By Doug Oakley
Fed up with the violence, crime, drugs, dog bites and filth, officials are increasing the pressure on Occupy Berkeley at Civic Center Park with threats of more arrests and citations.
Councilman Jesse Arreguin, whose district includes the park, wants to start issuing stay-away orders to troublemakers. He also said closing down the camp, previously off the table, has emerged as an option but as a last resort.
The city manager's office on Wednesday handed out a four-page memo to campers saying that "the situation in the park is unacceptable" and put them on notice that more arrests and citations, including for unlicensed or unvaccinated dogs, are on the way.
Earlier in the month, Berkeley High School's principal sounded the alarm to parents with a letter that said the camp across the street from the school is making it more difficult to police his 3,000 students at lunch and after school.
The notice released Wednesday details some of the 23 crimes recorded by police related to Occupy campers since Oct. 23.
On Dec. 10, an Occupy camper arrested on suspicion of stealing alcohol from a nearby Safeway was found in possession of a machete, a hammer, a gas mask and a BB gun and was on probation for battery.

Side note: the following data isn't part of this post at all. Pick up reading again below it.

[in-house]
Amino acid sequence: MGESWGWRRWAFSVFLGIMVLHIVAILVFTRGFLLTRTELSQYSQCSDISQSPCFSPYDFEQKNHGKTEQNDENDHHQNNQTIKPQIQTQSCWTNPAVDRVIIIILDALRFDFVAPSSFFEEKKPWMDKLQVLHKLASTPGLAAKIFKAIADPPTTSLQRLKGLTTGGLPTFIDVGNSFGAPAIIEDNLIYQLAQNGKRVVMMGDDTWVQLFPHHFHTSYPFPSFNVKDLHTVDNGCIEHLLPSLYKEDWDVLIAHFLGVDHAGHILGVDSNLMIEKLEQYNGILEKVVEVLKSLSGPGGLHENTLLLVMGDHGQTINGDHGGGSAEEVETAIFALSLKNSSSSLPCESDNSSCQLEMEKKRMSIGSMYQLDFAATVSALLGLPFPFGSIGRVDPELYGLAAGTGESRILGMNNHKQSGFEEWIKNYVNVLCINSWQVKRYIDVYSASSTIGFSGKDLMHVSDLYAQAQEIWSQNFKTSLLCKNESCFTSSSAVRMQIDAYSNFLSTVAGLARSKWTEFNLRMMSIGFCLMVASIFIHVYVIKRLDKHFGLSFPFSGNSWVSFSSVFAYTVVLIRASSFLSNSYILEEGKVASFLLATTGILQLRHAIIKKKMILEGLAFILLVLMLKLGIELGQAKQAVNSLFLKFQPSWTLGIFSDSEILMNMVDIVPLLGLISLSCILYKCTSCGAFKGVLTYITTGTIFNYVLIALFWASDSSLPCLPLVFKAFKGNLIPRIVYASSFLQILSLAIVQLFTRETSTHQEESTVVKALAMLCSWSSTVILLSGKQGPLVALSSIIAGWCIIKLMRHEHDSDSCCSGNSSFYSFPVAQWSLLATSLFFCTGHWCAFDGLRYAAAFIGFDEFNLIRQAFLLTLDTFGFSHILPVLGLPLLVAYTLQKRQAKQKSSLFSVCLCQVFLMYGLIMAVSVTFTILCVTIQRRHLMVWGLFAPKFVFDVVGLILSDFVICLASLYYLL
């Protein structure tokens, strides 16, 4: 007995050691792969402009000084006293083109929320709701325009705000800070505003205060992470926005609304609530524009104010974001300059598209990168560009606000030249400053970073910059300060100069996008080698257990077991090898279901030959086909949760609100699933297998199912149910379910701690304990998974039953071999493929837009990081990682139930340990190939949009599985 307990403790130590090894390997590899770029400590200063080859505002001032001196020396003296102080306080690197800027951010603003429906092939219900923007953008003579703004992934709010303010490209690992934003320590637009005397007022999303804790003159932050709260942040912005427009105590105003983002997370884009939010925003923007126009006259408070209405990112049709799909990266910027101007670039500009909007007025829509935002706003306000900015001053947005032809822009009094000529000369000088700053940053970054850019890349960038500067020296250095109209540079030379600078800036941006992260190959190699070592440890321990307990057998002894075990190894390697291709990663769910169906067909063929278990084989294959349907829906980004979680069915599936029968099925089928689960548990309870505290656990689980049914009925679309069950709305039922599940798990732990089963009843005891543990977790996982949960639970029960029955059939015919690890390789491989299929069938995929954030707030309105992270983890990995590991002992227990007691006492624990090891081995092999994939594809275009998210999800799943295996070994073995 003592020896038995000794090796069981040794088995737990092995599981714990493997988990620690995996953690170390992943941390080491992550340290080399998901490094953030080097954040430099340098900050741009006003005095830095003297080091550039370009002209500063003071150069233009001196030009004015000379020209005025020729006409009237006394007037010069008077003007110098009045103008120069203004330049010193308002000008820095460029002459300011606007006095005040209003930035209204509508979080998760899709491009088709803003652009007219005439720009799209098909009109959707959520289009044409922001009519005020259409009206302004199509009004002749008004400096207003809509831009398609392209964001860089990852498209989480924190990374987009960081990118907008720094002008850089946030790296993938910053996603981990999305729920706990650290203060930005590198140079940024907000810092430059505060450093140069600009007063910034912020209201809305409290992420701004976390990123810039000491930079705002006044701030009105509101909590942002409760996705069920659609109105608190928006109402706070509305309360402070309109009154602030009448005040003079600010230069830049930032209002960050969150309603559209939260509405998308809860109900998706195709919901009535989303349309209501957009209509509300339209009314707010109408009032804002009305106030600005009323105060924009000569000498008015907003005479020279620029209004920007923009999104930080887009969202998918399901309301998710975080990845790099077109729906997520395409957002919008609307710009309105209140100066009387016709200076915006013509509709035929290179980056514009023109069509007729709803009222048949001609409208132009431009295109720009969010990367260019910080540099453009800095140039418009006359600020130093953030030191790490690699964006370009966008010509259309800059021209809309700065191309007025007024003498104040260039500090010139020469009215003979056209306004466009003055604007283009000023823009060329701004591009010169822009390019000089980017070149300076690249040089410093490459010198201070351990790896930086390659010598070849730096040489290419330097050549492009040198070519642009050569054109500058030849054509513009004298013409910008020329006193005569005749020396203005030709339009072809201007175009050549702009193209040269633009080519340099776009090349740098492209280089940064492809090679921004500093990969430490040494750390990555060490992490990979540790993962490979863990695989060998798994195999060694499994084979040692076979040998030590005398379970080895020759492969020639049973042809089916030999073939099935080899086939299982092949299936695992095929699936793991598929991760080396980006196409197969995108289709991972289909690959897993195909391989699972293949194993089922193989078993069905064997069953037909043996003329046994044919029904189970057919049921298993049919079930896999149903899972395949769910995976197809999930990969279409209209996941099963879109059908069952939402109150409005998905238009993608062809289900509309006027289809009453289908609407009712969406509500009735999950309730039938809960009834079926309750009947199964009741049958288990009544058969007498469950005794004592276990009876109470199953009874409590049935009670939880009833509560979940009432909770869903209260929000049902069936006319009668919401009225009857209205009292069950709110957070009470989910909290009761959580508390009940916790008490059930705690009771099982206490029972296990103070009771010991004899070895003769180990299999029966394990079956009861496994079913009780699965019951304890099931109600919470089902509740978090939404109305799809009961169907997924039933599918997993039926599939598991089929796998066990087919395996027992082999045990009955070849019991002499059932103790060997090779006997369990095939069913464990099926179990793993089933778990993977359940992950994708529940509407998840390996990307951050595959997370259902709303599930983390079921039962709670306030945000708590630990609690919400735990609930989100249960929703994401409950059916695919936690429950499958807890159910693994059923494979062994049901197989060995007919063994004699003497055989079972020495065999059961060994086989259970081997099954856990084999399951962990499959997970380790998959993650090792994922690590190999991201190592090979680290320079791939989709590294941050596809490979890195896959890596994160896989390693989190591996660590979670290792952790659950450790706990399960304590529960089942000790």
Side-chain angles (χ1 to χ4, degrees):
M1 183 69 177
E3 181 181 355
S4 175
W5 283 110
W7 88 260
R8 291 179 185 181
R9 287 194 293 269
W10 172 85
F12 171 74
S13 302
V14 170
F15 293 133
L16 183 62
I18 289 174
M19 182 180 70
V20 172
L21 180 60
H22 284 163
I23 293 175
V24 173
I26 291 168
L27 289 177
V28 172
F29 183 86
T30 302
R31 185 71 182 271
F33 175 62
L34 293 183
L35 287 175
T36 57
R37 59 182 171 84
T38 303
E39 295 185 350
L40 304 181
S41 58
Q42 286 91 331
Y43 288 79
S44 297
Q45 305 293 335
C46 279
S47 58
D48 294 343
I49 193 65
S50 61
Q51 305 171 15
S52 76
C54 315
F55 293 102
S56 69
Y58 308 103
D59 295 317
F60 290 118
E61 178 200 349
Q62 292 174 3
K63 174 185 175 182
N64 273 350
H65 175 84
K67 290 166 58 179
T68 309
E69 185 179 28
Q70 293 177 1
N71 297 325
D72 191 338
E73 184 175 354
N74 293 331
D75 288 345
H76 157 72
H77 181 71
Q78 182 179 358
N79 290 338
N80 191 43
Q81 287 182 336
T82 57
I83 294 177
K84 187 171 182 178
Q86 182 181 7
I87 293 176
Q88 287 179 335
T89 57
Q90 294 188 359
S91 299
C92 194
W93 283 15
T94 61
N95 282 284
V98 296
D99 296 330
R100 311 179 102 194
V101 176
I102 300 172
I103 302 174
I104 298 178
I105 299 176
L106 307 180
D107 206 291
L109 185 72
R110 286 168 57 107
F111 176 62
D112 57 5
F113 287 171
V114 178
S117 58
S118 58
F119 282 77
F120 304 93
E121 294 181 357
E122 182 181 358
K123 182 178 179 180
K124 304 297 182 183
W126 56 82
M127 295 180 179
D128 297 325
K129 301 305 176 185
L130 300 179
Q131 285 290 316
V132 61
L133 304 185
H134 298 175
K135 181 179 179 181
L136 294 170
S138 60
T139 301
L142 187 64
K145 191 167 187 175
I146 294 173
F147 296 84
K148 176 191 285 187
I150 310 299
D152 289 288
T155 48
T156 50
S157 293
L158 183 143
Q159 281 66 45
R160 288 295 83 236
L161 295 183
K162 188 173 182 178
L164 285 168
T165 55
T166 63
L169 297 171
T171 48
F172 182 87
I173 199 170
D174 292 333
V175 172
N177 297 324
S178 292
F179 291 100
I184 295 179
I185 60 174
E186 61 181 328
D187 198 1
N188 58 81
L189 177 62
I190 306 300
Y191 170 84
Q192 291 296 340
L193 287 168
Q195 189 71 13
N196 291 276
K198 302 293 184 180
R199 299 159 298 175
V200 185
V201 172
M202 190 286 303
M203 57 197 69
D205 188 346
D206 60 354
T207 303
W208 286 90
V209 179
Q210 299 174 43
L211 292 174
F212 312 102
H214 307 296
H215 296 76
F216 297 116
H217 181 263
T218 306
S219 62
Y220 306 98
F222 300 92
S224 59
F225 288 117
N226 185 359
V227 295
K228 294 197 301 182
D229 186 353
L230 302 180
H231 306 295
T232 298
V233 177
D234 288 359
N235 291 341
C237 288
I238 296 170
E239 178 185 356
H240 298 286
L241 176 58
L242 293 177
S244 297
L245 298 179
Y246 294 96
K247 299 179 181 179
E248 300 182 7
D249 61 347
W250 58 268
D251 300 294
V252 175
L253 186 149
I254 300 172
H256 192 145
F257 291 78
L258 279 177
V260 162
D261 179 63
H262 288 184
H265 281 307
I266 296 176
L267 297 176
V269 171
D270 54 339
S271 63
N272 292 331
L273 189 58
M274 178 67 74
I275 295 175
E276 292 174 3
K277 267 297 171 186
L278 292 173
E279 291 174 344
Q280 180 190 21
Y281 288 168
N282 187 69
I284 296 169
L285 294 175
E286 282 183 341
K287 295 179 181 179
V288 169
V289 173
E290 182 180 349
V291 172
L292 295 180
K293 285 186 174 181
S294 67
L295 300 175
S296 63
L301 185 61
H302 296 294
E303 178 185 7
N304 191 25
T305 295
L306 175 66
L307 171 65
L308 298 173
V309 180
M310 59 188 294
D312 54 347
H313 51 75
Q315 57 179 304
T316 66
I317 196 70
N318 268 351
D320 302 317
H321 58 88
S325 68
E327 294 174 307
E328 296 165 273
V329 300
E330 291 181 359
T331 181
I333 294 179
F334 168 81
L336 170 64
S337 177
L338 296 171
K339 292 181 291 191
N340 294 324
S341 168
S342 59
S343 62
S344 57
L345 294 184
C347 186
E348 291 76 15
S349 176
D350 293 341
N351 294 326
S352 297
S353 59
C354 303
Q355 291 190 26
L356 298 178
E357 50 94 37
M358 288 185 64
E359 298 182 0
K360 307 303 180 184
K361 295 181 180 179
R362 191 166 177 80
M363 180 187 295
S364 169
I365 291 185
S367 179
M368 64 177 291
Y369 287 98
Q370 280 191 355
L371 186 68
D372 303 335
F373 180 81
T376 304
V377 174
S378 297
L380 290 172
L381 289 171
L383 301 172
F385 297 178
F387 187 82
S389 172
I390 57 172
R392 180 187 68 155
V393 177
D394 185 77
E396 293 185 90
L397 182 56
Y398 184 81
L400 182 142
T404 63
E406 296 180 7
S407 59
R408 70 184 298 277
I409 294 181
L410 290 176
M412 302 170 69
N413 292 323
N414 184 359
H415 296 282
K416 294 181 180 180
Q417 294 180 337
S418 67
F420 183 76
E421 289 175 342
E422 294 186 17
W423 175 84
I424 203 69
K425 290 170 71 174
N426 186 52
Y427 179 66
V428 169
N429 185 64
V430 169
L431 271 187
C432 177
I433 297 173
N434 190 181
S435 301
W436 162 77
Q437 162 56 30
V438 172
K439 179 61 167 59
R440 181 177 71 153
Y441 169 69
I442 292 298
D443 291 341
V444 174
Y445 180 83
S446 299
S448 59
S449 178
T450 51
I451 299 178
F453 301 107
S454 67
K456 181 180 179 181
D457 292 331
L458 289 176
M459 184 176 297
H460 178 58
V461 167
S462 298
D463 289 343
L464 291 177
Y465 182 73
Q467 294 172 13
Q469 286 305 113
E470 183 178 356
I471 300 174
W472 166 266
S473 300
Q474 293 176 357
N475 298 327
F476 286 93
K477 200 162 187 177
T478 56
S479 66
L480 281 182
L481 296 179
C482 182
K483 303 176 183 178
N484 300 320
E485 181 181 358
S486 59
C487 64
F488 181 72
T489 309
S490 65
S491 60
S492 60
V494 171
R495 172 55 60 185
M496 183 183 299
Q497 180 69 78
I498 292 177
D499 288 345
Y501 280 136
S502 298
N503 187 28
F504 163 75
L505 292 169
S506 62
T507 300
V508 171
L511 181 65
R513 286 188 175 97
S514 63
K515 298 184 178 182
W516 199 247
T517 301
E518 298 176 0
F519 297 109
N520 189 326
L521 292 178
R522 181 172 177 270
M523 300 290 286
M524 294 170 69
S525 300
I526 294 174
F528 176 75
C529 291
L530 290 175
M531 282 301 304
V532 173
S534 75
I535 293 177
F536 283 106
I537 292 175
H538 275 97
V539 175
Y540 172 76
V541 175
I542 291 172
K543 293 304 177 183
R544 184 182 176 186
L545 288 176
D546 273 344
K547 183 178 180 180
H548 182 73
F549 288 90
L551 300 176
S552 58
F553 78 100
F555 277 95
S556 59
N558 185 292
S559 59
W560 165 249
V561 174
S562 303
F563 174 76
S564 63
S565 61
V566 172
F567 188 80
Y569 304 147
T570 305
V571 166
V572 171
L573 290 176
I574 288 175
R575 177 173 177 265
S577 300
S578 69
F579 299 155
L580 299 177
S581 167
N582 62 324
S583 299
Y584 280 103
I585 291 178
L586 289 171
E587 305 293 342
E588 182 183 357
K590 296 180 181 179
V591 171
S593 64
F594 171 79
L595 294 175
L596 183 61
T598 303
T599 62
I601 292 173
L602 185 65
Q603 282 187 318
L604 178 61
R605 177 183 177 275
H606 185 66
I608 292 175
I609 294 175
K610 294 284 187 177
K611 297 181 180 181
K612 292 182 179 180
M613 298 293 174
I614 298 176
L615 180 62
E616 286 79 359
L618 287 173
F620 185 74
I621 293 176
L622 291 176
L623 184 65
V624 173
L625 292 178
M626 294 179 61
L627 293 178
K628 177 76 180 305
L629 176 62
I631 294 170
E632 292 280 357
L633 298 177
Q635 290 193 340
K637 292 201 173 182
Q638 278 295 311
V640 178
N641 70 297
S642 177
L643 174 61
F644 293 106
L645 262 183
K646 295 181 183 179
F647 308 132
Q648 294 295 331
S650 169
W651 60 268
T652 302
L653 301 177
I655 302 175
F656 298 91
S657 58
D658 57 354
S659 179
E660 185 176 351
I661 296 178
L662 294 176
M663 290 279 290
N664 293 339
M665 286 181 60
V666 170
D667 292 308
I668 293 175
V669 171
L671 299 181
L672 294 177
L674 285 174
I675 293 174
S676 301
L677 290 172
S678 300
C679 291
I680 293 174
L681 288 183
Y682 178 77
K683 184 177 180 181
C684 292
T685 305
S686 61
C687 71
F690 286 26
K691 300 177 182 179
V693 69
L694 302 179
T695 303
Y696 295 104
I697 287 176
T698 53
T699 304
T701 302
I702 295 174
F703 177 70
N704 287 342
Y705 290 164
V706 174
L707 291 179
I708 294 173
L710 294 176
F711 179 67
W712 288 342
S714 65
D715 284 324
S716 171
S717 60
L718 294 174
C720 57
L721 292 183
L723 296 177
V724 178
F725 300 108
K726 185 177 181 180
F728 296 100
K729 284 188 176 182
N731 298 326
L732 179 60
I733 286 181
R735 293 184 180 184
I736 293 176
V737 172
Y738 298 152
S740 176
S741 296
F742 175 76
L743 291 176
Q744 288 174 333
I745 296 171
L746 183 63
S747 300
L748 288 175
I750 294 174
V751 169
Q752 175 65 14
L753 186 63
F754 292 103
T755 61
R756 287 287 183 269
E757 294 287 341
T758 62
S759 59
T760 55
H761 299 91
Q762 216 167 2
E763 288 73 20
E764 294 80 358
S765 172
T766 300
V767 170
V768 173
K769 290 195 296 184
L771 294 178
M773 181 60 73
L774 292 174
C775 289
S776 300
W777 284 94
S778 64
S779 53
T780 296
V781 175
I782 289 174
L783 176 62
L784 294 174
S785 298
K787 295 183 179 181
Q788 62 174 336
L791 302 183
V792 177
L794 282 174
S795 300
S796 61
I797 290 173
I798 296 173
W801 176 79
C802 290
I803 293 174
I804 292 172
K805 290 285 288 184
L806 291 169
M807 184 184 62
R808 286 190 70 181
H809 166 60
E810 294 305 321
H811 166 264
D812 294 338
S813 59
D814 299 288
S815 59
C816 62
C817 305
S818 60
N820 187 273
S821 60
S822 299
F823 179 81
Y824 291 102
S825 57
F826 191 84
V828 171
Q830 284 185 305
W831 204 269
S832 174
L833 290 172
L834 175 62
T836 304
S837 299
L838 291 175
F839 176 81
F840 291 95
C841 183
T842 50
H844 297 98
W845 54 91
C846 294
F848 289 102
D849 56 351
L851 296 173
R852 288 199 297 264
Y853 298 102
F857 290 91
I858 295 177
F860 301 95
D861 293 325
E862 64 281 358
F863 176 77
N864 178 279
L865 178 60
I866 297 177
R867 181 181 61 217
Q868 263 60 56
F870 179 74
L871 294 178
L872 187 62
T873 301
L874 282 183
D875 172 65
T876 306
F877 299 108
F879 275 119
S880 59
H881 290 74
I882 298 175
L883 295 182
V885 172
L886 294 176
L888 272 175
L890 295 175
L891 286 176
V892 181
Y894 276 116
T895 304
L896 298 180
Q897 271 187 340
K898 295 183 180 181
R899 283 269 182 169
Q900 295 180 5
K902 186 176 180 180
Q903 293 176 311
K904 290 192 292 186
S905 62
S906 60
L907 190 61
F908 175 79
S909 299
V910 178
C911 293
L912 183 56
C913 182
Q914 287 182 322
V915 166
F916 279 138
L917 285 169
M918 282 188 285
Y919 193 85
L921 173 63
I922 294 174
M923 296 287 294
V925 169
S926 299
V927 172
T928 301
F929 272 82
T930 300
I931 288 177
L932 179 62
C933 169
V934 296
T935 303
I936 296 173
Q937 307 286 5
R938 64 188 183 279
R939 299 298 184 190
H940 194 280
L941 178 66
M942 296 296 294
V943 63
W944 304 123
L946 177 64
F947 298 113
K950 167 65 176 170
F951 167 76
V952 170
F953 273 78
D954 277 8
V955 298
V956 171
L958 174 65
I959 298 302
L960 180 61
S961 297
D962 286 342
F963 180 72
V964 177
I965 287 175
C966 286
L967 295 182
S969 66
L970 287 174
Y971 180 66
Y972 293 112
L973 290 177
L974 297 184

On Dec. 6, there was a fight in the park involving 30 campers that stemmed from an earlier "fight between a man and a naked woman where the man dragged the naked woman out of his tent and slammed her to the ground," the notice said. When police arrived, the crowd started chanting, "(Expletive) the police."
Also on Dec. 6, a person was hit in the head with a two-by-four, and the suspect who was arrested was in possession of methamphetamine, police said.
Berkeley spokeswoman Mary Kay Clunies-Ross said the notice speaks for the city manager's office.
"It's what we've been saying the whole time," Clunies-Ross said. "We're monitoring it on a day-to-day basis."
Jake Lee, 20, who is from Michigan, said he came to Berkeley after participating in Occupy Portland and Occupy San Francisco, both of which were shut down. He said those truly interested in the Occupy movement are not the troublemakers.
"There's nothing wrong with the city not wanting guns or big-time drugs here," Lee said. "And there are a number of people here who just don't care about the movement."
Arreguin said he had meetings this week with the city manager, the chief of police and the city attorney about using stay-away orders for people arrested in the park.
"It's not OK for someone to be beaten up with a two-by-four, and it's not OK for a woman to be sexually assaulted there," Arreguin said. "This is not something the city government wants to happen."
Arreguin said he spoke to the city attorney, who told him the use of stay-away orders probably could be used against offenders in the park.
"We issue those for people who have threatened city staff or have come to City Hall and done things," Arreguin said. "Occupying as a form of political expression doesn't give you the right to beat someone up or do drugs and have dangerous weapons."
Doug Oakley covers Berkeley. Contact him at 510-843-1408. Follow him at Twitter.com/douglasoakley.